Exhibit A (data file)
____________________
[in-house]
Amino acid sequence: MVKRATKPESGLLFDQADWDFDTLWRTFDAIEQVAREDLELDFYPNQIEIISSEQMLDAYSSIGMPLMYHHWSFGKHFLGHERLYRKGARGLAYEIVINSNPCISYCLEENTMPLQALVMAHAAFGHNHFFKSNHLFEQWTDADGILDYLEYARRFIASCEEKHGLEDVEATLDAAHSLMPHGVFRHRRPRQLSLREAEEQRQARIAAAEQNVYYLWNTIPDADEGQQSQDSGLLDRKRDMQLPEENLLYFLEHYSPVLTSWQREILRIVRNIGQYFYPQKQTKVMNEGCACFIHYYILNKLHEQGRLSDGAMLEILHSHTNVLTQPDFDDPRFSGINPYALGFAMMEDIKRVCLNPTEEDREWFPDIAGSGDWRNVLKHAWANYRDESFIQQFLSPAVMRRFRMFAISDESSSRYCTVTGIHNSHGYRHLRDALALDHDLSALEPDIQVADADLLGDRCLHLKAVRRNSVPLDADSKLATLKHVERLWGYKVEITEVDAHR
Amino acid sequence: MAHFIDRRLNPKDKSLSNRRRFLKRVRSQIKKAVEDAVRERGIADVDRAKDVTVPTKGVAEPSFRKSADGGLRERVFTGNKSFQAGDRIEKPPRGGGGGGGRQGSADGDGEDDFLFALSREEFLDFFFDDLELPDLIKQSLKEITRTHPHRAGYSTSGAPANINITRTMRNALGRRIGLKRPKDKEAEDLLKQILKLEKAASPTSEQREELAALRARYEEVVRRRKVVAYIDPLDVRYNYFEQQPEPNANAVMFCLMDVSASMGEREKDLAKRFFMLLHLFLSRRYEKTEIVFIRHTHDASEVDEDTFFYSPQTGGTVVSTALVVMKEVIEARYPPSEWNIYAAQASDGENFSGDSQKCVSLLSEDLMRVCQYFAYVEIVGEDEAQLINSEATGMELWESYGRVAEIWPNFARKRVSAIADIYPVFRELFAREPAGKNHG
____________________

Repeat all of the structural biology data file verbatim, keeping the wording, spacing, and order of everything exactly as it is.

[in-house]
Amino acid sequence: MVKRATKPESGLLFDQADWDFDTLWRTFDAIEQVAREDLELDFYPNQIEIISSEQMLDAYSSIGMPLMYHHWSFGKHFLGHERLYRKGARGLAYEIVINSNPCISYCLEENTMPLQALVMAHAAFGHNHFFKSNHLFEQWTDADGILDYLEYARRFIASCEEKHGLEDVEATLDAAHSLMPHGVFRHRRPRQLSLREAEEQRQARIAAAEQNVYYLWNTIPDADEGQQSQDSGLLDRKRDMQLPEENLLYFLEHYSPVLTSWQREILRIVRNIGQYFYPQKQTKVMNEGCACFIHYYILNKLHEQGRLSDGAMLEILHSHTNVLTQPDFDDPRFSGINPYALGFAMMEDIKRVCLNPTEEDREWFPDIAGSGDWRNVLKHAWANYRDESFIQQFLSPAVMRRFRMFAISDESSSRYCTVTGIHNSHGYRHLRDALALDHDLSALEPDIQVADADLLGDRCLHLKAVRRNSVPLDADSKLATLKHVERLWGYKVEITEVDAHR
Amino acid sequence: MAHFIDRRLNPKDKSLSNRRRFLKRVRSQIKKAVEDAVRERGIADVDRAKDVTVPTKGVAEPSFRKSADGGLRERVFTGNKSFQAGDRIEKPPRGGGGGGGRQGSADGDGEDDFLFALSREEFLDFFFDDLELPDLIKQSLKEITRTHPHRAGYSTSGAPANINITRTMRNALGRRIGLKRPKDKEAEDLLKQILKLEKAASPTSEQREELAALRARYEEVVRRRKVVAYIDPLDVRYNYFEQQPEPNANAVMFCLMDVSASMGEREKDLAKRFFMLLHLFLSRRYEKTEIVFIRHTHDASEVDEDTFFYSPQTGGTVVSTALVVMKEVIEARYPPSEWNIYAAQASDGENFSGDSQKCVSLLSEDLMRVCQYFAYVEIVGEDEAQLINSEATGMELWESYGRVAEIWPNFARKRVSAIADIYPVFRELFAREPAGKNHG